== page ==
A few weeks back I noticed that I had not made any diving arrangements for the 25/26 August weekend. I quickly checked the tide table and checked a few boats and hey presto! So it’s off to the local island, Pulau Hantu in Singapore we go.
Each afternoon we had 10 divers and we all met at the Republic of Singapore Yacht Club (RSYC) at 1pm.
I managed to get Armand to dive with me
on Saturday before he flew back to France on Sunday. Also, I now have two new French PADI Dive Master Trainees (DMTs). Francios joined me on Sunday, his partner Elodie could make it on Sunday.
Saturday turned out to be fantastic despite the comments we heard from the divers that went to Hantu in the morning. It was so good, that one of our divers, Jeff came back on Sunday.
There was little to no current on both days. The visibility on Saturday was good at around 5 metres, Sunday it dropped a bit due to the rain and overcast conditions, but still an impressive 3-4 metres. I have experienced 20cm viz at Hantu in the past, so I was really enjoying myself, guiding a few folks and shooting photos a few fish and nudis.
Both days we dived the outside of the reef first and then a mid sized site that was a bunch of rocks with one large rock and a boat anchor wedged on it. Both very different sites which had a lot to offer.
JB and Alexis spotted the turtle at the reef and were surprised by its huge size. The reef was covered in blue dragon nudi’s and we managed to spot a couple of other colourful nudi’s cuttlefish, rabbit fish, coral fish and loads of flats worms, some small ones and some big one.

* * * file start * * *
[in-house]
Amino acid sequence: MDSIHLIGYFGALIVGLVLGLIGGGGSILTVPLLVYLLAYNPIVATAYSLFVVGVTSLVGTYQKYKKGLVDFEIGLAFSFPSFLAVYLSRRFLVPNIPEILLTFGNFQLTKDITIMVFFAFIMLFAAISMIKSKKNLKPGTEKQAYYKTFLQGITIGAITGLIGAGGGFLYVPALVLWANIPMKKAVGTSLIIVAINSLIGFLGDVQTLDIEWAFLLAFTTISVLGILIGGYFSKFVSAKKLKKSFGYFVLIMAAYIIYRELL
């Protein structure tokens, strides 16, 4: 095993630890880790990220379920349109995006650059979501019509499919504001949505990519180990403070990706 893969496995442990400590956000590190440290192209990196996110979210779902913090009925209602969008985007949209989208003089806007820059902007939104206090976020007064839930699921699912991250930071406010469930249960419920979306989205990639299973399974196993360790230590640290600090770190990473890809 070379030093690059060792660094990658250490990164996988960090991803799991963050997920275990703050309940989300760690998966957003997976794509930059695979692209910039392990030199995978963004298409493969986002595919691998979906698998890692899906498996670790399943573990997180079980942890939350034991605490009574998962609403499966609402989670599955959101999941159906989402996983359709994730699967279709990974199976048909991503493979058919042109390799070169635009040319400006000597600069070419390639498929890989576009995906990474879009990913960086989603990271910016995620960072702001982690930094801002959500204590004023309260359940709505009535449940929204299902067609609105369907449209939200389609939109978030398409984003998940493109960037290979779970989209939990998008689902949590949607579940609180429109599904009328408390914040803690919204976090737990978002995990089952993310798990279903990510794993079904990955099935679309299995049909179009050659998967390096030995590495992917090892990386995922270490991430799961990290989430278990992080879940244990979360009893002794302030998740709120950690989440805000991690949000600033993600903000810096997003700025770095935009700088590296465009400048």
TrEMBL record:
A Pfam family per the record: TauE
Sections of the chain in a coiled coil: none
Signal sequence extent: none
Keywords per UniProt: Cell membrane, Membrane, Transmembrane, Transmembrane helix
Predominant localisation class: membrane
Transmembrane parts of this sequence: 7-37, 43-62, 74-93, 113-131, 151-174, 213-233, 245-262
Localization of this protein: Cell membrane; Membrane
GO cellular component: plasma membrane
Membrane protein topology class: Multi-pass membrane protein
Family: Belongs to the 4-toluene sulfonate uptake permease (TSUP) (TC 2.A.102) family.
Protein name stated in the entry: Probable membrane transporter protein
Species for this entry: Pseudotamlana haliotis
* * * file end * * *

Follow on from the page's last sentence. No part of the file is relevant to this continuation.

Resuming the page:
One point on the reef at 5 metres, I came across this huge anemone with about 4 clown fish. One was on steroids for sure. It was the biggest one I have ever seen at Hantu, either steroids or the effects from the nearby oil refinery.
The small rock site, which I have named Anchor Rock, was really good. It had more fish than the reef, schooling rabbit fish, that almost swam into me, some trevally, fusiliers and the big rock had a lot of damsel fish. There were a few nudi’s, but not as many as the other reef and some crabs too.
We also came across one of the local university’s science experiments. They are testing tanks. Of course I mentioned once we were back on the boat, not to move or consider them those tanks “rubbish or trash”. So everyone agreed not to include them in any future “clean-up expeditions”.
Not a bad way to spend the weekend and the 1pm start meant there was no rush to get to RSYC at 7.30am.
Cheers – Gary
Photos in this report were taken by Gary